Clemson University fundraising tops record $150 million


CLEMSON — Private gifts to Clemson University and IPTAY in the fiscal year ending June 30 set annual fundraising records for the university.

The unprecedented $151.3 million raised this year includes $100.1 million in cash gifts, pledges and gifts-in-kind; $11.5 million in planned gifts; and $39.7 million raised by IPTAY through its annual fund to support athletics. Clemson’s second-annual Give Day contributed more than $2 million from 3,265 donors.

“The value of the Clemson brand — whether it be for the quality of our academics, our research or our athletics — has never been higher, and we are incredibly grateful to our alumni and supporters who helped make 2017 a record year for fundraising,” said Clemson President James P. Clements.

Thank you, Clemson family, for giving 110%

“These gifts make it possible for Clemson to provide the type of student support, academic resources and facilities expected from one of the finest public universities in the country and I couldn’t be more thankful for the ongoing generosity of the Clemson family.”

This is the sixth consecutive year that annual fundraising at Clemson has exceeded $100 million.

Highlights from the year include the largest grant-in-kind in Clemson history from Siemens for software with a commercial value of more than $357 million and a gift of software valued at $26.7 million from Esko for Clemson’s Sonoco Institute of Packaging Design and Graphics.

Other gifts include:

  • $2.5 million from Melvin and Dollie Younts, Clemson’s sixth Cornerstone Partner for Athletics, to renovate the South Club at Memorial Stadium;
  • $1.2 million from William H. “Bill” Pelham through the Jean T. and Heyward G. Pelham Foundation to support the Clemson’s School of Architecture and the Clemson Architectural Foundation; and
  • $1 million from Peter LeRoy “Roy” McCall Jr. for students in the College of Agriculture, Forestry and Life Sciences.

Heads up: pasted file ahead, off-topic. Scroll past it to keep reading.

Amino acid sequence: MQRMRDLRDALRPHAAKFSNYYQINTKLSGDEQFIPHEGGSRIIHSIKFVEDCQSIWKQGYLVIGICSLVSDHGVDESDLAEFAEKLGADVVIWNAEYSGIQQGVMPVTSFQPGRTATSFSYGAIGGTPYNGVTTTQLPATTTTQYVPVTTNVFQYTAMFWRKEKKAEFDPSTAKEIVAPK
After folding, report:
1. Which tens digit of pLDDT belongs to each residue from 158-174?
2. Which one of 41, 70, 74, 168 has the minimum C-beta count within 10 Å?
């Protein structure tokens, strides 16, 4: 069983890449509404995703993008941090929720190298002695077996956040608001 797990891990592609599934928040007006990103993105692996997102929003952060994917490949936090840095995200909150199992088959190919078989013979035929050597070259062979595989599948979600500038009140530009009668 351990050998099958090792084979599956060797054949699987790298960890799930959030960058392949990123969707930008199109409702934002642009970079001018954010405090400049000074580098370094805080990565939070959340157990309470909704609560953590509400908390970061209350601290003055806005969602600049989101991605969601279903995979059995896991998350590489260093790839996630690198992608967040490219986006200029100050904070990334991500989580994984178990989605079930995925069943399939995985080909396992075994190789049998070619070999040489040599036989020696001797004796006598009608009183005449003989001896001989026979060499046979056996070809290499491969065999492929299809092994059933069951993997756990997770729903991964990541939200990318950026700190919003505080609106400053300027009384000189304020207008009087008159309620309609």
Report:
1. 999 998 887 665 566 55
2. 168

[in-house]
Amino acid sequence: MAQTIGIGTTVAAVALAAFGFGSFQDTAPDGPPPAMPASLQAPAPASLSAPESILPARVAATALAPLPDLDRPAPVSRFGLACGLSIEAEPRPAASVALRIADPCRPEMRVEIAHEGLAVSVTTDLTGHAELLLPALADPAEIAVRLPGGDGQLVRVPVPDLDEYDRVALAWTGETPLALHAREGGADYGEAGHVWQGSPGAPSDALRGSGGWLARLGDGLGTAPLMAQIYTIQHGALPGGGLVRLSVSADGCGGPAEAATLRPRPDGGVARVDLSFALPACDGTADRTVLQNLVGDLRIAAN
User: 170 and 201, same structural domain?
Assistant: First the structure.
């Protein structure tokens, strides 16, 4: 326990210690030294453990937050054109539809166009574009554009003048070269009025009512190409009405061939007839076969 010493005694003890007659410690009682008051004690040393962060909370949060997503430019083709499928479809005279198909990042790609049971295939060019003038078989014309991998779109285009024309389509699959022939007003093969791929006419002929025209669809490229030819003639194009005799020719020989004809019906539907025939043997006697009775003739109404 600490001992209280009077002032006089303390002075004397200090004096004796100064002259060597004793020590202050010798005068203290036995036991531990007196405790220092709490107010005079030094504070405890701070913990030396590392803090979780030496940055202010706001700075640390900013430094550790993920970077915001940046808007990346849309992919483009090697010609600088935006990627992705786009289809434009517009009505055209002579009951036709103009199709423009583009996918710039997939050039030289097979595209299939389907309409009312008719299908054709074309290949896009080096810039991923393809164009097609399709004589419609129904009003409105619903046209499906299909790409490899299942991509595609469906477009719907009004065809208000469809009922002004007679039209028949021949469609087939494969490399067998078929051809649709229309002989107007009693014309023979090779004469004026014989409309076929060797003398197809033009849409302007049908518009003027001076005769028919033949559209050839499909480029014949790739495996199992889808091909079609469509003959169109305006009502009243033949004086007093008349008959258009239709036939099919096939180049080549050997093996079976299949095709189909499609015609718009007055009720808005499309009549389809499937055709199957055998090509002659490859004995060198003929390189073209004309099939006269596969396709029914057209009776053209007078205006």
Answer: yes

There were 13 one-time gifts exceeding $1 million.

More than 24,000 alumni supported the university with annual gifts this past year resulting in a 23.2 percent participation rate, one of the highest in the nation.

“This year’s historic fundraising results are a testament to the loyalty and dedication of the Clemson family and our university and volunteer leadership. Many schools experience a drop in philanthropy the year following the close of a capital campaign, so we are overwhelmed with these results and the generosity of our donors,” said Brian O’Rourke, vice president for development and alumni relations.

“These gifts are critical to the university’s sustainability for generations to come. To our students, faculty and staff, it means new scholarships, fellowships, professorships and chairs, as well as new and improved facilities. We are so grateful to the donors and volunteer leaders who work tirelessly to make Clemson a stronger university by providing their continued support. We are working together to build Clemson, forever.”

In 2016, Clemson celebrated the successful completion of The Will to Lead capital campaign, which raised more than $1.06 billion to support students, faculty and staff with scholarships, professorships, facilities, technology and enhanced opportunities for learning and research.

This year, 97 new scholarships and fellowships were created, 66 new endowments were established and numerous academic and athletic facility builds or renovations were funded. There were 685 faculty and staff members who made gifts.

Total cash to the university’s endowment through the academic and IPTAY endowments topped $24 million.

“We are very appreciative of the more than 17,000 IPTAY donors who have given an all-time high of $60 million over the past year to support athletic scholarships, academic support services and facility initiatives,” said Davis Babb, chief executive officer of IPTAY. “This total is a combination of gifts to our annual fund, major gifts and planned giving efforts that enable us to provide crucial support to our 500-plus student athletes.”

To learn more visit,


Want to Discuss?

Get in touch and we will connect you with the author or another expert.

Or email us at

    This form is protected by reCAPTCHA and the Google Privacy Policy and Terms of Service apply.